In High Places
By: Burton A. Falk
Situated on the Swiss-Italian border, the Dufourspitze (15,200'1 is the high point of Switzerland and second only to France's Mont Blanc as the highest point in western Europe.
The rugged spire, the summit of the Monte Rose massif, lies the Penine Alps just south-east of Zermatt. Nearby, there are many other noteworthy peaks to be climbed, including the all too popular Matterhorn, the formidable Dent Blanche, the Wefsshorn and the twin peaks, Castor and Pollux.
While most visitors to Zermatt arrive by train (autos are verboten in the town), our band of eleven climbers, including Jim Scott, my two sons and myself, came by foot, It had taken us two days, hiking east from the French-speaking village of Arolla, via the Bertol Hut and the 12,215' Tete Blanche, to reach the German-speaking resort. Striding into the top of the elongated village on a fine July afternoon almost fourteen years ago, we emulated another traverse of the Alps--Hannibal (sans elephants)--by laying waste to the first sign of civilization we encountered--a gelata stand. We were so hungry, in fact, that we pillaged yet another gelata vendor at the bottom of the village, just in front of our accommodations for the evening, the Hotel Banhof, Zermatt's answer to Motel 6. Bedded down that night in the Banhof's super-cheap attic loft, after a long day and a big meal, another thrifty fellow-climber threatened to part my hair with his ice axe if I didn't turn over and stop my (alleged) snoring.
We left Zermatt early the following afternoon and rode the Gornergratt railroad to the Rotboden station, one stop below the upper terminus. Detraining there, we followed a footpath south across a saddle, and then made a long descending traverse to the Gorner glacier (8,715'). From there we crossed the crevasse-free glacier, unroped, heading for a moraine below and to the left of the Monte Rose Hut (9,170'), a stone building that was difficult to spot among all the other rocks. That night we had an early dinner and retired at eight p.m., while sun shafts were still streaming throughjagged peaks to the west.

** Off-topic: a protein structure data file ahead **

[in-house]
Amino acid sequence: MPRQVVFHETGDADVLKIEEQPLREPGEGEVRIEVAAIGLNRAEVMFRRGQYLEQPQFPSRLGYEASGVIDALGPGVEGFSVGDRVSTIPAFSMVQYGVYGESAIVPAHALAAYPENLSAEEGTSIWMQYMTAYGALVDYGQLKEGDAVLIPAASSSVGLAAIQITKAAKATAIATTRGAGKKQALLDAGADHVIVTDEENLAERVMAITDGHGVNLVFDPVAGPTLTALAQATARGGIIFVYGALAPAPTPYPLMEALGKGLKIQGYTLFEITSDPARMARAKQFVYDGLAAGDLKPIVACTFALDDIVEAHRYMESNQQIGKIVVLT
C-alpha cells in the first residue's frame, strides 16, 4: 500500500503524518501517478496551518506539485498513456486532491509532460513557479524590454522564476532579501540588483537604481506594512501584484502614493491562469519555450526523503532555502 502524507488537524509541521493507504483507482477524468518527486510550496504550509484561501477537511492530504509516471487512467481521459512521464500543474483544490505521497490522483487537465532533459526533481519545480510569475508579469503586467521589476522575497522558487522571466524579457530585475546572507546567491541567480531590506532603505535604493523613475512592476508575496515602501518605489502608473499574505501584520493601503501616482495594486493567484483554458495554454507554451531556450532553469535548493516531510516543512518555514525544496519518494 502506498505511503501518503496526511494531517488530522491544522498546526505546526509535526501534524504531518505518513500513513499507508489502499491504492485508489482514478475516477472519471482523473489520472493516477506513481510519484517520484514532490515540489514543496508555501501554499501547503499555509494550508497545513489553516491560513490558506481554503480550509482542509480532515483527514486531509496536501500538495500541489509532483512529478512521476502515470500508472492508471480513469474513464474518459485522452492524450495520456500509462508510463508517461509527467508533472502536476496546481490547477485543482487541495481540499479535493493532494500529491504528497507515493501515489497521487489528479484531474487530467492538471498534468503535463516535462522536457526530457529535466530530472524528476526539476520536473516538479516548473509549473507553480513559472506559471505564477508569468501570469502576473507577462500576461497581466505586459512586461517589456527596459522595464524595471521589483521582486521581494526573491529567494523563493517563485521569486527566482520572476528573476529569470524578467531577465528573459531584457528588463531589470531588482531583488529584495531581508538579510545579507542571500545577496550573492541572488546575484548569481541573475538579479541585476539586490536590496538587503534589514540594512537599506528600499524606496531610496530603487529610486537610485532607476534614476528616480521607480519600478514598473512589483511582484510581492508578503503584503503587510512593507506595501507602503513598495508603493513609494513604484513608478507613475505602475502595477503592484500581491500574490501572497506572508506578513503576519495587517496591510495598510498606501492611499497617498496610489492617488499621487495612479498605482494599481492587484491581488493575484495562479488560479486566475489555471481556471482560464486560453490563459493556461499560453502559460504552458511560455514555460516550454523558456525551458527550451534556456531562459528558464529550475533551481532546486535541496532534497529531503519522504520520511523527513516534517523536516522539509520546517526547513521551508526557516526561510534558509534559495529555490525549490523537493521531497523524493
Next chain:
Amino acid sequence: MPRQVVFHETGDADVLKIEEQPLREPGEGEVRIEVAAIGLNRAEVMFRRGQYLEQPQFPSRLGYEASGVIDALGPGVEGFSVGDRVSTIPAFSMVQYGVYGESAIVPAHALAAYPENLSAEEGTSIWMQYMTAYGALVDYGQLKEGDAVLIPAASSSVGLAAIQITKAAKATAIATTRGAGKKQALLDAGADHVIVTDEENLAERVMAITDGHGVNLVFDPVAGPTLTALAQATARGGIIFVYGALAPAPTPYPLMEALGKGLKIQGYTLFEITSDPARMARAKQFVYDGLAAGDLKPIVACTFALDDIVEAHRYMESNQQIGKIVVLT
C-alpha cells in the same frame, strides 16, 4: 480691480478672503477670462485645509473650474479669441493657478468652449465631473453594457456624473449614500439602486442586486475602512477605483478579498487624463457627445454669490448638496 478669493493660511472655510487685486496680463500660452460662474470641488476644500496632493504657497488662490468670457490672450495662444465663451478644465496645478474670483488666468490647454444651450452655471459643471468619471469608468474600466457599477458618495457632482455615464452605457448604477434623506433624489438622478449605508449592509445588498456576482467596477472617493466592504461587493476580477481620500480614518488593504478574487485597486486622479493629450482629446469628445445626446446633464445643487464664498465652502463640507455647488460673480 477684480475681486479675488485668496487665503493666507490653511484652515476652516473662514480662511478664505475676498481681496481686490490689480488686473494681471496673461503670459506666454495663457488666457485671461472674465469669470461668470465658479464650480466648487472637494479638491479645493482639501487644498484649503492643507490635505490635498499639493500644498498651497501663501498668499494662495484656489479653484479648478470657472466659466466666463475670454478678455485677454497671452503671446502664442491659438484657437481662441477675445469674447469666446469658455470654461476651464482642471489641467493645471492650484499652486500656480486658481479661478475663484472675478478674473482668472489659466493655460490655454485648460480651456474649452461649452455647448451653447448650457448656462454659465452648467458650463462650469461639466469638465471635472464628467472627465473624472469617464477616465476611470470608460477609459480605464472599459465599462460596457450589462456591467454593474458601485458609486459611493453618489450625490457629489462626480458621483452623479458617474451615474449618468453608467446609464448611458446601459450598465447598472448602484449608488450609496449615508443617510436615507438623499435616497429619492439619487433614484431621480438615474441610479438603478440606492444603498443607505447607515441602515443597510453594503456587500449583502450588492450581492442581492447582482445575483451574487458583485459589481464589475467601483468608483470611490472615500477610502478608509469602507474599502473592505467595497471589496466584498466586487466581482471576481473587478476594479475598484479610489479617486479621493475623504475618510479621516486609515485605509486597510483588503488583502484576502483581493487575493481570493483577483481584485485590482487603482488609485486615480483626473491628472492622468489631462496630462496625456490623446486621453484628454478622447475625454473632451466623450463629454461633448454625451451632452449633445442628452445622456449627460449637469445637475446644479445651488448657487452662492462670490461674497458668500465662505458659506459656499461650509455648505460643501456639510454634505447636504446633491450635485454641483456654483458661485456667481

At two a.m. the following morning, we arose and by three we were ready to begin our summit attempt. Using headlamp, we followed a footpath winding up an open valley behind the lateral moraine of the Grenz glacier, turned left at a group of large cairns, and then climbed mixed scree and snow beside the Monte Rose glacier. When first light appeared in the east, we were working up a well-defined snow trail, climbing to a snow spur on the right side of the Monte Rosa glacier. As the first rays of the sun hit the tops of the surrounding mountains, we were climbing east and southeast through a crevassed zone, then up a small valley (or cwm, if you're Welsh). About 6:30 a.m., we reached the bergschrund (approx. 14,250'), which, that summer, was easy to cross.
Next we ascended a steep snow slope until we came to the rocky summit ridge, which was packed with ice and snow. Because of the ice we didn't remove our crampons and thus we clattered over the ever-narrowing crest, where the exposure on either side wee truly awesome. If you fell one way, you were dead meat in Switzerland; if you fell the other way, you were chopped liver in Italy. It was about that point that our leader helpfully suggested that if any one member of our four-man rope teams should slip, the others in the team would do well to leap over the opposite aide to counter-balance the fall. Yeah, sure.
We gained the actual summit by descending a notch in the ridge, then climbing a steep chimney on the other side. since it took us six hours to climb the peak, and because we ware in no hurry to repeat the harrowing ridge, we sat an the top for almost an hour enjoying the wondrous alpine scenery.
On our way back to the Monte Rose hut, we discovered once again why Alpine climbs should be made in the early morning, i.e., we had to post-hole through the sun-softened snow, making our descent almost as strenuous as our ascent. The following day we hiked back to Zermatt, enjoying hillsides glowing with incredibly brilliant wild flowers and marvelous views of the Matterhorn.
In his book "Guide to the Worlds Mountains," Michael Kelsey states that it is possible to board an early morning Gornergratt train, "make the climb (of the Dufourspitze), and return to Zarmatt on the last train." Although he modifies this claim by stating, this would be a fast climb for the fittest climbers only, it must be noted that our group took forty-eight hours to do the climb. I like to think we took time to smell the edelweissl
THE MATTERHORN: A few personal observations
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